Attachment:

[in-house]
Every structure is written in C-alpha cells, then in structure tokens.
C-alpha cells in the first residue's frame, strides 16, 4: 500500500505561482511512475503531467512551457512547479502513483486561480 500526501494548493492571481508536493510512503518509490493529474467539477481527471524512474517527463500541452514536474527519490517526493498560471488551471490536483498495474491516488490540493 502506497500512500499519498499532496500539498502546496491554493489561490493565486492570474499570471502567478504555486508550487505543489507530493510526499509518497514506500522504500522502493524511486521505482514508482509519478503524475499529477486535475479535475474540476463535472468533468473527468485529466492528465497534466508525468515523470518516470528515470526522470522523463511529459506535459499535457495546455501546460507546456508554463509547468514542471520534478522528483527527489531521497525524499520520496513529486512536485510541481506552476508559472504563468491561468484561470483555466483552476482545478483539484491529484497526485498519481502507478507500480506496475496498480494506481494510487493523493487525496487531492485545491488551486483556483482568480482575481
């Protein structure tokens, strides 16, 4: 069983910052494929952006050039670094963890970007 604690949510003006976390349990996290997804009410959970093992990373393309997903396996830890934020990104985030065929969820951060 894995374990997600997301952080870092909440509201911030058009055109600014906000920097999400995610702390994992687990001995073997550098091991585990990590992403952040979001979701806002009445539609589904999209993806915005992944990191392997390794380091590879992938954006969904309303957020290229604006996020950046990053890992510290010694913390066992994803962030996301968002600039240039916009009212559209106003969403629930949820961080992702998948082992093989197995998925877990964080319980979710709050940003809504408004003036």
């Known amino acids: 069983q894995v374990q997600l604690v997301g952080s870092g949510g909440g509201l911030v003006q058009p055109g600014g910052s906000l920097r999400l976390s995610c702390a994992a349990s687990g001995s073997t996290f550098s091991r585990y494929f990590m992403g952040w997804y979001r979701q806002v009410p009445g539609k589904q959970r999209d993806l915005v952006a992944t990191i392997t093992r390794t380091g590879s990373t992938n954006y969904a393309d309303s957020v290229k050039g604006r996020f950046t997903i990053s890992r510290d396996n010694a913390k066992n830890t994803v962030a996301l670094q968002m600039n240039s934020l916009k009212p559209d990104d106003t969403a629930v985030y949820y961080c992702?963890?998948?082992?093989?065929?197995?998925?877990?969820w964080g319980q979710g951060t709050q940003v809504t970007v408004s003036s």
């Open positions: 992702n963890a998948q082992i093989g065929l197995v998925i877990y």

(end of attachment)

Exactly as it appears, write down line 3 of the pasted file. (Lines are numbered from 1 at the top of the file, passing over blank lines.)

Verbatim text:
C-alpha cells in the first residue's frame, strides 16, 4: 500500500505561482511512475503531467512551457512547479502513483486561480 500526501494548493492571481508536493510512503518509490493529474467539477481527471524512474517527463500541452514536474527519490517526493498560471488551471490536483498495474491516488490540493 502506497500512500499519498499532496500539498502546496491554493489561490493565486492570474499570471502567478504555486508550487505543489507530493510526499509518497514506500522504500522502493524511486521505482514508482509519478503524475499529477486535475479535475474540476463535472468533468473527468485529466492528465497534466508525468515523470518516470528515470526522470522523463511529459506535459499535457495546455501546460507546456508554463509547468514542471520534478522528483527527489531521497525524499520520496513529486512536485510541481506552476508559472504563468491561468484561470483555466483552476482545478483539484491529484497526485498519481502507478507500480506496475496498480494506481494510487493523493487525496487531492485545491488551486483556483482568480482575481